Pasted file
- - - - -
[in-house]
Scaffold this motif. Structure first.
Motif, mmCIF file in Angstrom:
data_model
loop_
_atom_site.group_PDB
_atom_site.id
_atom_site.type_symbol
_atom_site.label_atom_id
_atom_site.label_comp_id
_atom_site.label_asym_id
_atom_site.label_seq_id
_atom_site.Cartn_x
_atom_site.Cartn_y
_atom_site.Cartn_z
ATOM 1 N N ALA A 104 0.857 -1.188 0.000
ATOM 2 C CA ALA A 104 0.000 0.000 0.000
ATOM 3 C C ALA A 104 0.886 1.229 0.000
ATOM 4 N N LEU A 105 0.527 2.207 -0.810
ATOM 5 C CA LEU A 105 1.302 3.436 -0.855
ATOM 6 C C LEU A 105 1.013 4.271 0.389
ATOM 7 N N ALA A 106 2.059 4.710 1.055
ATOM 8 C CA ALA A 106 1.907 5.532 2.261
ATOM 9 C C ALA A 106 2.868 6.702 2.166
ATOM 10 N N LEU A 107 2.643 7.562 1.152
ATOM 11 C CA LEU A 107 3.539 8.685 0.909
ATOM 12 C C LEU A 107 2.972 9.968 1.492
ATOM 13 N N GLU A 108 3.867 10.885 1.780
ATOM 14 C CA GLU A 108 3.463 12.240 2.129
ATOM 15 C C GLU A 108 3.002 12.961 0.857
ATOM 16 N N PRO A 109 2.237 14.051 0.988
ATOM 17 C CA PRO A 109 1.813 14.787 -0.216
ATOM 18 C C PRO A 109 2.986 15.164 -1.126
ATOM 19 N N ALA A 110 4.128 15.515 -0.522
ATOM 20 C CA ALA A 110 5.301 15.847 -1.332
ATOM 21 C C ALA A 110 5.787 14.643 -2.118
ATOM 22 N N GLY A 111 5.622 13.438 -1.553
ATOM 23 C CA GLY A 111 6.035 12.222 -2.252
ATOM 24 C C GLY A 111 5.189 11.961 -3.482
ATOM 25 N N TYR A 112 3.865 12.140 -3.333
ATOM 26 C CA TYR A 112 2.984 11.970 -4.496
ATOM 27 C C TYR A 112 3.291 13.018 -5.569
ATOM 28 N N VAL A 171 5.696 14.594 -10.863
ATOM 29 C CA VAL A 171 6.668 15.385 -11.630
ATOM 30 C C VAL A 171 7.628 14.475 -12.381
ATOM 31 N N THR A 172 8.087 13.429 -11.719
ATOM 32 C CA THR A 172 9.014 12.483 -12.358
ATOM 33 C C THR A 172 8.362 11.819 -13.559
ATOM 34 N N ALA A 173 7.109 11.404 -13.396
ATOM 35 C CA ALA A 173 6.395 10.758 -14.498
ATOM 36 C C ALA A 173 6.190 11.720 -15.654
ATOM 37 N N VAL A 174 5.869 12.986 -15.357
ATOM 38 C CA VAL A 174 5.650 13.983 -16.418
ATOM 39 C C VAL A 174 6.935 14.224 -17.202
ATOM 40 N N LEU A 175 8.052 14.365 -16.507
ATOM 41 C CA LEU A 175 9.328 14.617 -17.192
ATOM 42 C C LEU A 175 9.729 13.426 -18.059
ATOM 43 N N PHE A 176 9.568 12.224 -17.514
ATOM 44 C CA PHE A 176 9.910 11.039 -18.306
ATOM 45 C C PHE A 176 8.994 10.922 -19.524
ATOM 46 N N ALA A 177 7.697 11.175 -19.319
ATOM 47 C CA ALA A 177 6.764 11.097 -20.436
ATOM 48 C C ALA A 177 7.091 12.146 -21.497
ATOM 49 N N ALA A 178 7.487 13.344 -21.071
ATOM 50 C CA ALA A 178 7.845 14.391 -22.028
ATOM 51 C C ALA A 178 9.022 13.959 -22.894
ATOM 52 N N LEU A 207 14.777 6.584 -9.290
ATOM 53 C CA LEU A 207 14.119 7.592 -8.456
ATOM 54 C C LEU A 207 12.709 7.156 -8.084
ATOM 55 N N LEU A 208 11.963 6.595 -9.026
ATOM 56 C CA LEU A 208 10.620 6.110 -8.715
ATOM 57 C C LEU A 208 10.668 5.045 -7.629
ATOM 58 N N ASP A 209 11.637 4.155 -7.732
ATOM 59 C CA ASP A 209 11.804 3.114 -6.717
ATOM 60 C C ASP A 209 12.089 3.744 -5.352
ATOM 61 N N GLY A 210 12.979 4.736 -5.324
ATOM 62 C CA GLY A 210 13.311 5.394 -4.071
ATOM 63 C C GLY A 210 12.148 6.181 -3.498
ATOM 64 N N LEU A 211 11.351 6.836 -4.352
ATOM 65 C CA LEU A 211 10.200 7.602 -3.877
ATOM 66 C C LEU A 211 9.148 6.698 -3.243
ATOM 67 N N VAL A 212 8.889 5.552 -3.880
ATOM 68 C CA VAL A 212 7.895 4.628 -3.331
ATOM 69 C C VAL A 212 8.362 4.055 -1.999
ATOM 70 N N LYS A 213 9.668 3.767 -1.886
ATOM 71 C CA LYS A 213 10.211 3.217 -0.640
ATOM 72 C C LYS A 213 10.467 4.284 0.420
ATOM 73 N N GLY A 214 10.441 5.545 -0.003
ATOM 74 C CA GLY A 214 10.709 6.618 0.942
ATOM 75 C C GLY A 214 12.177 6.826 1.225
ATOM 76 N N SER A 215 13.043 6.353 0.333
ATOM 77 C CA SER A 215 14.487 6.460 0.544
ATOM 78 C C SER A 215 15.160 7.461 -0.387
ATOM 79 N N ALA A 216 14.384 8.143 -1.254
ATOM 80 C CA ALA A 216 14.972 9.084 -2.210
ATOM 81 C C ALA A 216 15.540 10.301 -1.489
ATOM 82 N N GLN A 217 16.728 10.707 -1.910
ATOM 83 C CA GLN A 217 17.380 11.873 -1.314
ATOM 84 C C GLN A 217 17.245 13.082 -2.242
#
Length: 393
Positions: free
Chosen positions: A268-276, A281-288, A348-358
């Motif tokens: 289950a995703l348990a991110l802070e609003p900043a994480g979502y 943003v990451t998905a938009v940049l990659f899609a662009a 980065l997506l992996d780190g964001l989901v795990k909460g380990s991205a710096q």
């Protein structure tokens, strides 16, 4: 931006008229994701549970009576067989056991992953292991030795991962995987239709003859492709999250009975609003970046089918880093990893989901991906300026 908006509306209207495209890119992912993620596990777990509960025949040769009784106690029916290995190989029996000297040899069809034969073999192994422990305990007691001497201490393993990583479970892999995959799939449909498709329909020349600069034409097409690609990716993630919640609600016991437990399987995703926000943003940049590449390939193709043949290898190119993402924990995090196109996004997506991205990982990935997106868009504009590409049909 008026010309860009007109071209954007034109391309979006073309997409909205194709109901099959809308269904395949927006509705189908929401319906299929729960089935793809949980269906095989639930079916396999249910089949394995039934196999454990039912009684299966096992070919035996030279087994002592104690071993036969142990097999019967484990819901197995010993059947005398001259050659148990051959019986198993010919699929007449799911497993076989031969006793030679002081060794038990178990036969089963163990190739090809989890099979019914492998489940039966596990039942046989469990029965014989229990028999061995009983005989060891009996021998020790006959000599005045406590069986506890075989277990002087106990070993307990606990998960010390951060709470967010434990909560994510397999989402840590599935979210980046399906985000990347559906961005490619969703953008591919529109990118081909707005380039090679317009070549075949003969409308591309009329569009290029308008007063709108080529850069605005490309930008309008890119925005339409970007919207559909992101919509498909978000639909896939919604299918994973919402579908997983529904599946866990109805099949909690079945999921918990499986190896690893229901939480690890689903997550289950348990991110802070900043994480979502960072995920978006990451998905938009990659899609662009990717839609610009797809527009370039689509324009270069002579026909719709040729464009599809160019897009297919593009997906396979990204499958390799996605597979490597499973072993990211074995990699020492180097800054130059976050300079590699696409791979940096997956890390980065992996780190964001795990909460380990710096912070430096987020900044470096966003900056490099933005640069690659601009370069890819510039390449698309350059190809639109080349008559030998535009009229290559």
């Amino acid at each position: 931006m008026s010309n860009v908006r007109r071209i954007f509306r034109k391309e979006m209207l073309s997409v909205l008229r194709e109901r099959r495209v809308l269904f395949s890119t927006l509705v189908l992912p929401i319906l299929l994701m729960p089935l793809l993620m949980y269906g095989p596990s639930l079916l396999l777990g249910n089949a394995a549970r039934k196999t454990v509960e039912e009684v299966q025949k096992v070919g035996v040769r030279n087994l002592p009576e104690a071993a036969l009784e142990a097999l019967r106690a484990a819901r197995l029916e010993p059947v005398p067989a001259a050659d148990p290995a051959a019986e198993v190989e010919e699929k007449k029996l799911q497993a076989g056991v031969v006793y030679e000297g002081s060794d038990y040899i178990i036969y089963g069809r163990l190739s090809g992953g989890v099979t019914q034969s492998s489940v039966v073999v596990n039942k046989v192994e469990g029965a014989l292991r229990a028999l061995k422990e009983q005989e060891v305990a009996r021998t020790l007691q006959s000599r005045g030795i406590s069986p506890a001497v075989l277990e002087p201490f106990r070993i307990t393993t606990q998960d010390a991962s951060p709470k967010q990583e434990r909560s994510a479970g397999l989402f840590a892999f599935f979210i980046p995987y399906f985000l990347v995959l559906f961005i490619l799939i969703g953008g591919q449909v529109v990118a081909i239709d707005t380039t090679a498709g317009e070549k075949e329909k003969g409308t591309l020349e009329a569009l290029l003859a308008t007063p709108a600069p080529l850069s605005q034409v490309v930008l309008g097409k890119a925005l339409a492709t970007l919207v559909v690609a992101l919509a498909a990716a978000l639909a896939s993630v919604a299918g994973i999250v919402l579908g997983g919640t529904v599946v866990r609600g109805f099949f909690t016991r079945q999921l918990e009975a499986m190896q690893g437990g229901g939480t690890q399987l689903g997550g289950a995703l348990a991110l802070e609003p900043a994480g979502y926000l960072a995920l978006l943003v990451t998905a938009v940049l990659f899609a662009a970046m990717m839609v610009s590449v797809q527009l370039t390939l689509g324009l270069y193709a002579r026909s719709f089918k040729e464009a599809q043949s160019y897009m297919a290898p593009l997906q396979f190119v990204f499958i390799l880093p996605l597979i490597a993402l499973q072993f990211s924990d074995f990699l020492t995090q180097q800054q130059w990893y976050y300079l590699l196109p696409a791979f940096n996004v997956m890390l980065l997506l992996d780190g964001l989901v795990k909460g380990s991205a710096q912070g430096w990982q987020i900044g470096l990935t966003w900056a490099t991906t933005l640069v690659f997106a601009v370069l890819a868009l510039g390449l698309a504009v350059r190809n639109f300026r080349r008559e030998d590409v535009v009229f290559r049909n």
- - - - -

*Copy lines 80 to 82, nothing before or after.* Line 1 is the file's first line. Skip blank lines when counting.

ATOM 65 C CA LEU A 211 10.200 7.602 -3.877
ATOM 66 C C LEU A 211 9.148 6.698 -3.243
ATOM 67 N N VAL A 212 8.889 5.552 -3.880